Monday September 29


Superluminous Supernovae: A Pan-STARRS1 Perspective

Ragnhild Lunnan
Harvard
Host: Anna Frebel


 

Abstract:
Wide-field optical time-domain surveys like Pan-STARRS and PTF provide an opportunity to discover and decipher new types of transients. One such discovery in the past decade is a new class of "superluminous" supernovae (SLSNe), which have bolometric luminosities 10-100 times those of normal core-collapse and Type Ia SN and spectra that do not match known supernova classes. These SLSNe represent a challenge to our understanding of the deaths of massive stars, the mechanism for powering optical emission in SNe, and to the standard core-collapse picture. In this talk, I will present results from the Pan-STARRS1 survey, which has discovered ~20 SLSNe out to redshift 1.6 in its four years of operation. I will address the nature of SLSNe from two angles: 1) by characterizing the explosions themselves and comparing the observed properties to model predictions, and 2) by constraining the progenitor population through a comprehensive study of SLSN host galaxy environments.



Monday October 6


 


MIT SuperCloud: a Unified System Architecture for Internet-of-Things

Jeremy Kepner
MIT Lincoln Labs
Host:
Rob Simcoe

Abstract:
The Internet-of-Things (IoT) is driving the need for a new system architecture to enable the rapidly increasing number of these devices, their diversity of data, and their complex cyber defenses. The large number of devices requires the integration of many different cloud computing platforms.  The MIT SuperCloud provides a novel solution to the problem of merging enterprise clouds, database clouds, big data clouds, and supercomputing clouds. More specifically the MIT SuperCloud reverses the traditional paradigm of attempting to deploy supercomputing capabilities on a cloud and instead deploys cloud capabilities on a supercomputer. The result is a system that can handle heterogeneous, massively parallel workloads while also providing high performance elastic computing, virtualization, and databases.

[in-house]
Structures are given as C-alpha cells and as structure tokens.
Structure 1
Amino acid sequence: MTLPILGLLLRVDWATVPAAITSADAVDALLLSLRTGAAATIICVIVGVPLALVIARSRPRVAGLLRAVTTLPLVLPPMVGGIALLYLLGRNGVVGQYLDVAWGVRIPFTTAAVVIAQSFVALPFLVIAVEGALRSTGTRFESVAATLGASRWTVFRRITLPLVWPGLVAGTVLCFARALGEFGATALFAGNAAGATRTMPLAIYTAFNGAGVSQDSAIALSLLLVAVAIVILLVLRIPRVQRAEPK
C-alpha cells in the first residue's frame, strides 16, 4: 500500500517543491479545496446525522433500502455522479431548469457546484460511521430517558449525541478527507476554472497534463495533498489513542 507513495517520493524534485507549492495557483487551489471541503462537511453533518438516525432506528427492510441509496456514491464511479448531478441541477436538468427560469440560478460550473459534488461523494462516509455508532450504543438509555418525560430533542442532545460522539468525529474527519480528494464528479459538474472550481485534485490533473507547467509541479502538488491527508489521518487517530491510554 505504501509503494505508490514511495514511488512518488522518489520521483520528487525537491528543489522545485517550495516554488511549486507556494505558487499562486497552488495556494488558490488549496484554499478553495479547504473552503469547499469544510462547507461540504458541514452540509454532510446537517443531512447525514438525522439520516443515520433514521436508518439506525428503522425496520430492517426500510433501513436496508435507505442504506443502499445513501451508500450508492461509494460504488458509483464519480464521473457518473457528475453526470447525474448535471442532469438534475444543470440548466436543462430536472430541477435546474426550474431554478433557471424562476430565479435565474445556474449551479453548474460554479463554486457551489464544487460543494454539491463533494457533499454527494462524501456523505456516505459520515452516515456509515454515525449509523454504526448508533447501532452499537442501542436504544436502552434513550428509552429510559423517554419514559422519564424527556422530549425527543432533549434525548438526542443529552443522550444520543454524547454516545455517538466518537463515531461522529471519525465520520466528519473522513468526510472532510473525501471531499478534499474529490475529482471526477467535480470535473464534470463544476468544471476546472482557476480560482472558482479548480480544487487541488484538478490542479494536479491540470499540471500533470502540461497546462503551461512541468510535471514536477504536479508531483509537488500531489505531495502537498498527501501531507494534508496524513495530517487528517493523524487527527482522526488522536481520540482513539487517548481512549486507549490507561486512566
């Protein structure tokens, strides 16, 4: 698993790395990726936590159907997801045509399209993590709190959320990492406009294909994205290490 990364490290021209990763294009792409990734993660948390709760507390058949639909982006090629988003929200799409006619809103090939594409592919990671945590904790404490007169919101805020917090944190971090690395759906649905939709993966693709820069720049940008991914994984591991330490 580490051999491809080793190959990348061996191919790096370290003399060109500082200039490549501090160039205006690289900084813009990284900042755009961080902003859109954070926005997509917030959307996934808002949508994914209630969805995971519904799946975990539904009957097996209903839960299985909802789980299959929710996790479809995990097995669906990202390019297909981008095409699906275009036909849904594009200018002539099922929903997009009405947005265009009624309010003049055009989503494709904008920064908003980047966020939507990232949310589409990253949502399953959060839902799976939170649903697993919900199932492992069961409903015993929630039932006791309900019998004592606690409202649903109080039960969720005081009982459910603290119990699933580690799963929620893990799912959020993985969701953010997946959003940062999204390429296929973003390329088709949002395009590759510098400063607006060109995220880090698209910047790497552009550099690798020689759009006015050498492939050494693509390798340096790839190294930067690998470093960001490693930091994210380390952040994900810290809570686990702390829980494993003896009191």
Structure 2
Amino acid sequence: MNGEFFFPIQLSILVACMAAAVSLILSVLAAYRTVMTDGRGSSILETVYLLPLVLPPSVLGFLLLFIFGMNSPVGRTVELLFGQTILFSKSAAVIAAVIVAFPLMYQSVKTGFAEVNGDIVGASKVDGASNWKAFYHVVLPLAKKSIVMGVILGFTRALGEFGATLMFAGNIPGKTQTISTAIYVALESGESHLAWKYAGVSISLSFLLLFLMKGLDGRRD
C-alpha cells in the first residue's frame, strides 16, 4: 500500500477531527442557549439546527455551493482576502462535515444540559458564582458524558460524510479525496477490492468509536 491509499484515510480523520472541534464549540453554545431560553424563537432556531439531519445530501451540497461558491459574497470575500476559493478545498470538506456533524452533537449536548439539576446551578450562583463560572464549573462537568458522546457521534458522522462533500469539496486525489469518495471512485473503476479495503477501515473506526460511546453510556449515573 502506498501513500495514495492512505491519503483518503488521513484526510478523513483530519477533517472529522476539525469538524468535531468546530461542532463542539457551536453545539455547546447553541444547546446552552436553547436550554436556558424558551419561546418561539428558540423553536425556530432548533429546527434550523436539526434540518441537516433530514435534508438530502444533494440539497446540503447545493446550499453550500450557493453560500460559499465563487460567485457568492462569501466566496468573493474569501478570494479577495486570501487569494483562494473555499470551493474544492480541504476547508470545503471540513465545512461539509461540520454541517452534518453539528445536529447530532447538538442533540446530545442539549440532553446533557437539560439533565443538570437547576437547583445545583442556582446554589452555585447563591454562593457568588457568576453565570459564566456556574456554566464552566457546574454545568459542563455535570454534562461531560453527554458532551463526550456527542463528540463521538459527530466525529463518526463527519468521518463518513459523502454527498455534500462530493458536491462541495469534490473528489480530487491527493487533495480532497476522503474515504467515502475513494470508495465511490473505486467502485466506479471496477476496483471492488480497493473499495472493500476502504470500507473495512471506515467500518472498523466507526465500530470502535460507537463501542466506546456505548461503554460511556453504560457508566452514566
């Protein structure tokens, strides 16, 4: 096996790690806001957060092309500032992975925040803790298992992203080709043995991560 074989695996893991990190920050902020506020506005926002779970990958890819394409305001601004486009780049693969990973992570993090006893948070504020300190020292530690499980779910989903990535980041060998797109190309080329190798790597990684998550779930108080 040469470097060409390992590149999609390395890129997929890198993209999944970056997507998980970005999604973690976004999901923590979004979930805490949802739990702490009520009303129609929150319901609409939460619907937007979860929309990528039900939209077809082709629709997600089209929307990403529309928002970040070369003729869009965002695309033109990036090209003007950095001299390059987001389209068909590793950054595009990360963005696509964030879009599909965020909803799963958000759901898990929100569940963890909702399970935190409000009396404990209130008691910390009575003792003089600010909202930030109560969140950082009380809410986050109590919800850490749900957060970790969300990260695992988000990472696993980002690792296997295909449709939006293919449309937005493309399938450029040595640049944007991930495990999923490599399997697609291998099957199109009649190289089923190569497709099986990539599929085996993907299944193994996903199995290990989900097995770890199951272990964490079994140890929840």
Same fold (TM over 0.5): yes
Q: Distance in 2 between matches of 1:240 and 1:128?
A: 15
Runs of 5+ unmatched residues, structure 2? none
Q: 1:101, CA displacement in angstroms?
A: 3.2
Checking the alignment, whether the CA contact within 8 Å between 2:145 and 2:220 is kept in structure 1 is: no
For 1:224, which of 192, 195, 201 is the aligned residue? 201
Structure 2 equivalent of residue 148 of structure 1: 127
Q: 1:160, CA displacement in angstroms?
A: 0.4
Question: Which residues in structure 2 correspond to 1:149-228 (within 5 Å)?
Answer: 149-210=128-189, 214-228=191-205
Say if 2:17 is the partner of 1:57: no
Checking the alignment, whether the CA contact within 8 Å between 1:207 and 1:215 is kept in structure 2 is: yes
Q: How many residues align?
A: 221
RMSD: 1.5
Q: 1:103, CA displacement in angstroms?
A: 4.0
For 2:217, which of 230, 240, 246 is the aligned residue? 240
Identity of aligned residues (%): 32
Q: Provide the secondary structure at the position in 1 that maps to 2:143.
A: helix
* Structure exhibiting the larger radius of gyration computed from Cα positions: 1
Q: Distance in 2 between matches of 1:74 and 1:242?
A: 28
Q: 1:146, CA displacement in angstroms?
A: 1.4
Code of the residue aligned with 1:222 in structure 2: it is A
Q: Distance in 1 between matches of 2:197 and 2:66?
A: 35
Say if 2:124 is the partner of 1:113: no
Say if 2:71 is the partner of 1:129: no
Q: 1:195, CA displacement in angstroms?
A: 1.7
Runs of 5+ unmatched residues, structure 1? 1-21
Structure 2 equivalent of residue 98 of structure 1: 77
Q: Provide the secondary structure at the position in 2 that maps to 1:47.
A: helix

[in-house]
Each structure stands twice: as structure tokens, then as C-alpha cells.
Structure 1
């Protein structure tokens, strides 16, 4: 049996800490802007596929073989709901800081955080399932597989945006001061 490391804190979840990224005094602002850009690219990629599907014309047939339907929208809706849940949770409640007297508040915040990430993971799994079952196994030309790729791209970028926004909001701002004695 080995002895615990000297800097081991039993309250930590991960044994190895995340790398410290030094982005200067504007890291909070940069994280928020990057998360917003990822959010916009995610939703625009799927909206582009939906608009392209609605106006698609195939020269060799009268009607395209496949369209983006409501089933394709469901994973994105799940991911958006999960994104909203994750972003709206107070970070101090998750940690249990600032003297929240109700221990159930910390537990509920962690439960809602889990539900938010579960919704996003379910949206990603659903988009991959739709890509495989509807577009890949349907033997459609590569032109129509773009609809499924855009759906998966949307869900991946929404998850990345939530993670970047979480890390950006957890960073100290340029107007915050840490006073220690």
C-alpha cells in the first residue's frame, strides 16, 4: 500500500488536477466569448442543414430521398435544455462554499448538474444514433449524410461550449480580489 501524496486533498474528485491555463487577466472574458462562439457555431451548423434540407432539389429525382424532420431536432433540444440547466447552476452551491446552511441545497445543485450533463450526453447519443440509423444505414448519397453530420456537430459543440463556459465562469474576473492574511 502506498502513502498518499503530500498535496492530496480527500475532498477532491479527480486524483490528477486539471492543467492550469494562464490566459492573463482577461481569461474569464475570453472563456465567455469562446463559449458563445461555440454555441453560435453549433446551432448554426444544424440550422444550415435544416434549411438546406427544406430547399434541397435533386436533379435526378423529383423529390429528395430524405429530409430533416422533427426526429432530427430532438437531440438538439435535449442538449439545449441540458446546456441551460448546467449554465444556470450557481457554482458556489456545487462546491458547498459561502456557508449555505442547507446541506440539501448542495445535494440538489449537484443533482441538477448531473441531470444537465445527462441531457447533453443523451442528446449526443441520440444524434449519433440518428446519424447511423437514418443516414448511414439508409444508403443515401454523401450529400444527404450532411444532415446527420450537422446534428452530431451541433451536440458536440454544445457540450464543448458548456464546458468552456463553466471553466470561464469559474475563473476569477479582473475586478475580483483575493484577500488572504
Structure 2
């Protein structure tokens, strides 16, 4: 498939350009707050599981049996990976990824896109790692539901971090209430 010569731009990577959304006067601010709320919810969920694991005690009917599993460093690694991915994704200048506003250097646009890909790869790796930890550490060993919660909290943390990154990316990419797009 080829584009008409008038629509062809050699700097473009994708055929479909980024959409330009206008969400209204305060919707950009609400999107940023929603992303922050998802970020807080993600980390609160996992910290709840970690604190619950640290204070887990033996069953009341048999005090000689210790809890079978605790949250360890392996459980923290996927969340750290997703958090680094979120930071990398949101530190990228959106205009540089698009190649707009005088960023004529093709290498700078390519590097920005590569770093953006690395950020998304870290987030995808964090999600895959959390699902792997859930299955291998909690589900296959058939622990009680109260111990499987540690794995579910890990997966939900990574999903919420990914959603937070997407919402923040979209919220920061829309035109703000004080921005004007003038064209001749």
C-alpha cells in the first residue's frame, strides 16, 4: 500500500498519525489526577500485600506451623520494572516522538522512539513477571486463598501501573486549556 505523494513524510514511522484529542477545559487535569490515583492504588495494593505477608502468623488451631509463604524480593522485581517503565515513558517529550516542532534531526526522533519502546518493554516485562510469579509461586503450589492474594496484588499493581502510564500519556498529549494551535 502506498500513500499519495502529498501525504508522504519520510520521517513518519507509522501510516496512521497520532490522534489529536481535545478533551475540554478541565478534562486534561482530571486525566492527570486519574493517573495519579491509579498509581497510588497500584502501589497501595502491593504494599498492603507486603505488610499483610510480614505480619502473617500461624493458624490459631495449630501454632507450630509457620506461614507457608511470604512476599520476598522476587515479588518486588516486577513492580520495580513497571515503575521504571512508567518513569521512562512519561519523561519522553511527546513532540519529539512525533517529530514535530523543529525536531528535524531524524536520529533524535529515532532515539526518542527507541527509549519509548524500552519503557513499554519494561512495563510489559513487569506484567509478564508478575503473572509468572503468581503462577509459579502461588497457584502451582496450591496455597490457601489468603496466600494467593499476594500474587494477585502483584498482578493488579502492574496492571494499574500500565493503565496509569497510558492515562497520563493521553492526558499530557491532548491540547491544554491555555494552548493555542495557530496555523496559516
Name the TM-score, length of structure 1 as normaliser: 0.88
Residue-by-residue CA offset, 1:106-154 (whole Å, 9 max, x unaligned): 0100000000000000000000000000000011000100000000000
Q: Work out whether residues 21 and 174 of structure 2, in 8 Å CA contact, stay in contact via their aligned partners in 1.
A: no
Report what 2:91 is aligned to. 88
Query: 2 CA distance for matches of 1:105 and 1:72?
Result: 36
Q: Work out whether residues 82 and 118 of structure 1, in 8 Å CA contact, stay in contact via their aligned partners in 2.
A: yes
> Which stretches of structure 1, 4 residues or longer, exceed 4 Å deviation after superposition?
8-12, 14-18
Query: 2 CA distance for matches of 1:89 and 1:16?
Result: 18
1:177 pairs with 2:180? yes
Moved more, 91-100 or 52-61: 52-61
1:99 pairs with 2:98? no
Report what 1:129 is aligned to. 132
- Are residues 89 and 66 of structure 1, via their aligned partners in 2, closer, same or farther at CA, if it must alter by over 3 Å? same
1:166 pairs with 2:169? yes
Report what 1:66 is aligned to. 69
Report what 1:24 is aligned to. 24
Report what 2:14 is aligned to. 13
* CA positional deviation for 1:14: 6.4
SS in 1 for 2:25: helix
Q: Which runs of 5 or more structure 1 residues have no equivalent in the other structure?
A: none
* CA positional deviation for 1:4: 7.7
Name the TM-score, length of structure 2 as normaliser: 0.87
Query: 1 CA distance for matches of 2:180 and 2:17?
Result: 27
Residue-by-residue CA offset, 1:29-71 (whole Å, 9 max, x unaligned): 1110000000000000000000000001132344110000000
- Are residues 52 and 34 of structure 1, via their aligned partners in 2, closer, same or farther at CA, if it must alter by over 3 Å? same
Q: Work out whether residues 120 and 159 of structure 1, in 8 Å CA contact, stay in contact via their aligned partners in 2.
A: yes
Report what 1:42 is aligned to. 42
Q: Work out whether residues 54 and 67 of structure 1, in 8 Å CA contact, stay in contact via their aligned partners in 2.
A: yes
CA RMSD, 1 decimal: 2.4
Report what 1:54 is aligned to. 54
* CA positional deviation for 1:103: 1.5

Monday October 13


NO TALK: COLUMBUS DAY

 



Monday October 20

TBA


 



Monday October 27



The Fluctuating Intergalactic Ionizing Background Across Cosmic Time

Fred Davies
UCLA
Host:


Abstract:
Understanding the ionizing background of the universe is crucial to interpreting observations of intergalactic gas in the context of large-scale structure. The epochs of H and He reionization, currently under intense observational and theoretical investigation, set the boundary conditions for the propagation of ionizing photons in the universe. Using novel 1D and semi-numerical 3D calculations, we find that fluctuations in the ionizing background due to rare or clustered sources can be very important, in contrast to common assumptions in previous work. We show that fluctuations in the radiation field cause the mean free path of ionizing photons to vary, leading to large-scale correlations that may explain recent observations of the H and He Lyman-alpha forests following their respective reionization epochs.


 



Monday November 3


Why do Galaxies Stop Forming Stars? – Evidence for Quenching
of Central Galaxies via Black Hole Growth

 

Asa Bluck
University of Victoria

Host: Paul Torrey

LOCATION:  37-212

 

Abstract